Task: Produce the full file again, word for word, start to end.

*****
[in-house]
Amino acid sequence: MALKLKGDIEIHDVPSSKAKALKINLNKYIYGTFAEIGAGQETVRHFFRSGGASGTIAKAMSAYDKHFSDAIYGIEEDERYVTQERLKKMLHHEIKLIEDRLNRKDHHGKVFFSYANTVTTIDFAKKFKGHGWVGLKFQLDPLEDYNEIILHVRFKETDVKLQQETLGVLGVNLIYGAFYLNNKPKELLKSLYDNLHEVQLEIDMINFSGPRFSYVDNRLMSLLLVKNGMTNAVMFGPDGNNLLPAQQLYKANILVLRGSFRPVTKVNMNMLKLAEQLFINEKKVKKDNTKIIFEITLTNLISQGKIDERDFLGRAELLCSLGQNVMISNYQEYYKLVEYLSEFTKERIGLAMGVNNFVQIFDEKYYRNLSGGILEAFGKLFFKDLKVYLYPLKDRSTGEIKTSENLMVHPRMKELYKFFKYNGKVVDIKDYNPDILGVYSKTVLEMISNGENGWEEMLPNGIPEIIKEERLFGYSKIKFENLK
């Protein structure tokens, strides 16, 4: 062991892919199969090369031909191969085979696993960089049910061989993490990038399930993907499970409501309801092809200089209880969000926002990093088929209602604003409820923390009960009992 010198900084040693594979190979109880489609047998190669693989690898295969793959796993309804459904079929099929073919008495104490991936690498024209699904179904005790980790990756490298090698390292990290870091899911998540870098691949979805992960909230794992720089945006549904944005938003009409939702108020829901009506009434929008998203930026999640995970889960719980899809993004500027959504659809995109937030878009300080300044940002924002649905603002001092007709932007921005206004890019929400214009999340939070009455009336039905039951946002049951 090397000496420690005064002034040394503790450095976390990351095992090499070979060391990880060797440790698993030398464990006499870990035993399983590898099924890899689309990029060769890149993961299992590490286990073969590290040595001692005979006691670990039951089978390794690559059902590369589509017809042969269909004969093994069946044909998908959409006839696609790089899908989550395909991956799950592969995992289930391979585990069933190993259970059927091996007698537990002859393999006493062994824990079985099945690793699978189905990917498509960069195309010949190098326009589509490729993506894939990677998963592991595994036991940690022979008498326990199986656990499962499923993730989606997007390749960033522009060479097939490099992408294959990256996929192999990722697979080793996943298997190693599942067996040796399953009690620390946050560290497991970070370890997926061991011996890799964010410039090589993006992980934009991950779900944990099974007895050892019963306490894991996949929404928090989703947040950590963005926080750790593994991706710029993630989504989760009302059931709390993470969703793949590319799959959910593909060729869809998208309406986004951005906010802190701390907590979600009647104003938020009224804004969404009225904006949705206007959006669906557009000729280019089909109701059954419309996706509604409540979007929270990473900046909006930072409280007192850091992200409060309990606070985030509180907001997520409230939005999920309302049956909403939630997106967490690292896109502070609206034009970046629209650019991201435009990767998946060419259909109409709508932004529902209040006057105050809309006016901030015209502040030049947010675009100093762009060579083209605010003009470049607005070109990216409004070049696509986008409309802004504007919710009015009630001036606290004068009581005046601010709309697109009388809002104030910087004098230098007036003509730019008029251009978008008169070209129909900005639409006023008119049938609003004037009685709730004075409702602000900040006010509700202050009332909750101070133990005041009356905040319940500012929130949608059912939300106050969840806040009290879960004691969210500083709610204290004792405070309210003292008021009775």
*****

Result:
[in-house]
Amino acid sequence: MALKLKGDIEIHDVPSSKAKALKINLNKYIYGTFAEIGAGQETVRHFFRSGGASGTIAKAMSAYDKHFSDAIYGIEEDERYVTQERLKKMLHHEIKLIEDRLNRKDHHGKVFFSYANTVTTIDFAKKFKGHGWVGLKFQLDPLEDYNEIILHVRFKETDVKLQQETLGVLGVNLIYGAFYLNNKPKELLKSLYDNLHEVQLEIDMINFSGPRFSYVDNRLMSLLLVKNGMTNAVMFGPDGNNLLPAQQLYKANILVLRGSFRPVTKVNMNMLKLAEQLFINEKKVKKDNTKIIFEITLTNLISQGKIDERDFLGRAELLCSLGQNVMISNYQEYYKLVEYLSEFTKERIGLAMGVNNFVQIFDEKYYRNLSGGILEAFGKLFFKDLKVYLYPLKDRSTGEIKTSENLMVHPRMKELYKFFKYNGKVVDIKDYNPDILGVYSKTVLEMISNGENGWEEMLPNGIPEIIKEERLFGYSKIKFENLK
């Protein structure tokens, strides 16, 4: 062991892919199969090369031909191969085979696993960089049910061989993490990038399930993907499970409501309801092809200089209880969000926002990093088929209602604003409820923390009960009992 010198900084040693594979190979109880489609047998190669693989690898295969793959796993309804459904079929099929073919008495104490991936690498024209699904179904005790980790990756490298090698390292990290870091899911998540870098691949979805992960909230794992720089945006549904944005938003009409939702108020829901009506009434929008998203930026999640995970889960719980899809993004500027959504659809995109937030878009300080300044940002924002649905603002001092007709932007921005206004890019929400214009999340939070009455009336039905039951946002049951 090397000496420690005064002034040394503790450095976390990351095992090499070979060391990880060797440790698993030398464990006499870990035993399983590898099924890899689309990029060769890149993961299992590490286990073969590290040595001692005979006691670990039951089978390794690559059902590369589509017809042969269909004969093994069946044909998908959409006839696609790089899908989550395909991956799950592969995992289930391979585990069933190993259970059927091996007698537990002859393999006493062994824990079985099945690793699978189905990917498509960069195309010949190098326009589509490729993506894939990677998963592991595994036991940690022979008498326990199986656990499962499923993730989606997007390749960033522009060479097939490099992408294959990256996929192999990722697979080793996943298997190693599942067996040796399953009690620390946050560290497991970070370890997926061991011996890799964010410039090589993006992980934009991950779900944990099974007895050892019963306490894991996949929404928090989703947040950590963005926080750790593994991706710029993630989504989760009302059931709390993470969703793949590319799959959910593909060729869809998208309406986004951005906010802190701390907590979600009647104003938020009224804004969404009225904006949705206007959006669906557009000729280019089909109701059954419309996706509604409540979007929270990473900046909006930072409280007192850091992200409060309990606070985030509180907001997520409230939005999920309302049956909403939630997106967490690292896109502070609206034009970046629209650019991201435009990767998946060419259909109409709508932004529902209040006057105050809309006016901030015209502040030049947010675009100093762009060579083209605010003009470049607005070109990216409004070049696509986008409309802004504007919710009015009630001036606290004068009581005046601010709309697109009388809002104030910087004098230098007036003509730019008029251009978008008169070209129909900005639409006023008119049938609003004037009685709730004075409702602000900040006010509700202050009332909750101070133990005041009356905040319940500012929130949608059912939300106050969840806040009290879960004691969210500083709610204290004792405070309210003292008021009775």